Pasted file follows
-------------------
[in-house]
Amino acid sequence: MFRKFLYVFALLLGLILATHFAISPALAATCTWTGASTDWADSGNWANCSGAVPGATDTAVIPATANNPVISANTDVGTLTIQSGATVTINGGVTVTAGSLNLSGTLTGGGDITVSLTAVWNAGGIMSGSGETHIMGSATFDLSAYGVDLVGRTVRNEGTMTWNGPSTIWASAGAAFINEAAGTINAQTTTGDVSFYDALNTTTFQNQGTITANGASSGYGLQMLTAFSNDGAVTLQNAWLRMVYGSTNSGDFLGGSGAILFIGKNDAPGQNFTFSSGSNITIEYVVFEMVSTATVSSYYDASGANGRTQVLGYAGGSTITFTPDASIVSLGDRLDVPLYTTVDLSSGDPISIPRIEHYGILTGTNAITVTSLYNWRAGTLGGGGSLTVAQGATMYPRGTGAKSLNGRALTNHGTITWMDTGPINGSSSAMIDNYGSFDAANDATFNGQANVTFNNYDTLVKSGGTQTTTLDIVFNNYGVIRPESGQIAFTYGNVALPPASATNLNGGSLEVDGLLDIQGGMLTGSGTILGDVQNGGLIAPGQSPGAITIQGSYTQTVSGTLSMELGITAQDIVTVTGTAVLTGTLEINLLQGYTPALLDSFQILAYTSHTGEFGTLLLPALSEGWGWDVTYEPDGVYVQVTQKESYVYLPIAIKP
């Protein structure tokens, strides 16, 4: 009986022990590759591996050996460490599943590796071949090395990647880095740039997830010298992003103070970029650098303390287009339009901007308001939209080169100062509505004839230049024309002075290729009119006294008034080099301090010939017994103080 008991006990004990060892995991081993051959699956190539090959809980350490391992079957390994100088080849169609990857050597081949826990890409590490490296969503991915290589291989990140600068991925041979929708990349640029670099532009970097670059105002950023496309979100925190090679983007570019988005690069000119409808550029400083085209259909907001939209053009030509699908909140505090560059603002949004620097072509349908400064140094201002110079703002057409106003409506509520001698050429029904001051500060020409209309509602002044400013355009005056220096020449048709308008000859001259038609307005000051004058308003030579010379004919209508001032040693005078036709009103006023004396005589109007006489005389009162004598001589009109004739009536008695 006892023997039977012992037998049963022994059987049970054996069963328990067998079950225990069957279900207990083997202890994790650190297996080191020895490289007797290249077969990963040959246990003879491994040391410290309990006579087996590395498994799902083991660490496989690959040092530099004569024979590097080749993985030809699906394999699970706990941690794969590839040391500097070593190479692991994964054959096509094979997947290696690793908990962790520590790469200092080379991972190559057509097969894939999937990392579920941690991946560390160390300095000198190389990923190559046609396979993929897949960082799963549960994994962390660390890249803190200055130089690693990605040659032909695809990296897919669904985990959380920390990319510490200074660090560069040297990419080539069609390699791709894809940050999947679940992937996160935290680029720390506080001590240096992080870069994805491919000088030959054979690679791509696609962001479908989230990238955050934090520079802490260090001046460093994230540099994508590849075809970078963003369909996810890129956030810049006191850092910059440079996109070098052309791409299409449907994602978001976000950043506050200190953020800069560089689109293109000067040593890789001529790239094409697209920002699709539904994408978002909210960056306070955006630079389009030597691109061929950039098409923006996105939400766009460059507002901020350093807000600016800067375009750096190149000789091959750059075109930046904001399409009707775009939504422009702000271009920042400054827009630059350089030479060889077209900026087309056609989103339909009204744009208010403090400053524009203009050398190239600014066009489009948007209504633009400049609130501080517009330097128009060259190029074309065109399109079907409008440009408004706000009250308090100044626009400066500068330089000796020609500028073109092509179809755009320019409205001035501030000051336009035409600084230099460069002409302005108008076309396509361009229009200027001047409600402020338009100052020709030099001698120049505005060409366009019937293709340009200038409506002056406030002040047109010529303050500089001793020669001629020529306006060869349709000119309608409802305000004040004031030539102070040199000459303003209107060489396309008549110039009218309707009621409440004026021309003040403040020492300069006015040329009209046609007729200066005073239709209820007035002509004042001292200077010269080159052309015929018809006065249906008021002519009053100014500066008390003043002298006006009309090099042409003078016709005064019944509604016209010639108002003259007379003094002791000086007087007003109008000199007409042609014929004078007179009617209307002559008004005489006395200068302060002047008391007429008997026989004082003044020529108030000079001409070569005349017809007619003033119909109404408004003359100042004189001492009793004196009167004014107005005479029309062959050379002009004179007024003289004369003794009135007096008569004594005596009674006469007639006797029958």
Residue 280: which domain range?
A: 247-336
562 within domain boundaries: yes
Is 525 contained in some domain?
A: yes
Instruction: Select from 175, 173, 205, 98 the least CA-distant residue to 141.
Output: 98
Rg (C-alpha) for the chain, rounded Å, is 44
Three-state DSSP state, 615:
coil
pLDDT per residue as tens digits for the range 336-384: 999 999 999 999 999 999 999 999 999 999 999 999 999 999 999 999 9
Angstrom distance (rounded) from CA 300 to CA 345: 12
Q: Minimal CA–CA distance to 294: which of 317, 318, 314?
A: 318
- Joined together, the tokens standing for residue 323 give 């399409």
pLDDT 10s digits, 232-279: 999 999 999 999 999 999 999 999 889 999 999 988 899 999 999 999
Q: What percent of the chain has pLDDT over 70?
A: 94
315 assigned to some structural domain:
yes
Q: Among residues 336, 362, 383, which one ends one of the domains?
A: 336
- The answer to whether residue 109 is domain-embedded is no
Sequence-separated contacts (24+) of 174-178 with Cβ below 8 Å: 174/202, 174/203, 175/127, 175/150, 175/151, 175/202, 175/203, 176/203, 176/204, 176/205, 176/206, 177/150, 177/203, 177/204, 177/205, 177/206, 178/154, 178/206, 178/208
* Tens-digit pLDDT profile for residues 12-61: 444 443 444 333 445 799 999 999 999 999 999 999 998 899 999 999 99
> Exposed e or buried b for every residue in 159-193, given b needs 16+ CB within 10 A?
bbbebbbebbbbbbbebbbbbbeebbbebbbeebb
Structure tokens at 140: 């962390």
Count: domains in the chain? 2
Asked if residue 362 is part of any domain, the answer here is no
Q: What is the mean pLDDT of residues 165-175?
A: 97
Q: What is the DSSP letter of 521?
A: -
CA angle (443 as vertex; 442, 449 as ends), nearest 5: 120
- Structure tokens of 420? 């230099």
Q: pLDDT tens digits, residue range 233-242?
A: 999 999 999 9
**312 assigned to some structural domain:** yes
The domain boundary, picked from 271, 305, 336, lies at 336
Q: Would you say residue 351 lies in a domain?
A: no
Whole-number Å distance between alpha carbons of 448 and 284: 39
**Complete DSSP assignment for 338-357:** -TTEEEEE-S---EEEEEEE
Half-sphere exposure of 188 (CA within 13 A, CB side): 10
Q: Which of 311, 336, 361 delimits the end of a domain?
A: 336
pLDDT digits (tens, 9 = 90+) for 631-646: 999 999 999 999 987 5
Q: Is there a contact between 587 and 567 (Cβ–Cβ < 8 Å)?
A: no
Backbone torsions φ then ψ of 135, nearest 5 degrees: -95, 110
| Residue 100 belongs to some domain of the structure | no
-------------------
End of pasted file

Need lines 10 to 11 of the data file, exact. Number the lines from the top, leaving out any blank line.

Output: 98
Rg (C-alpha) for the chain, rounded Å, is 44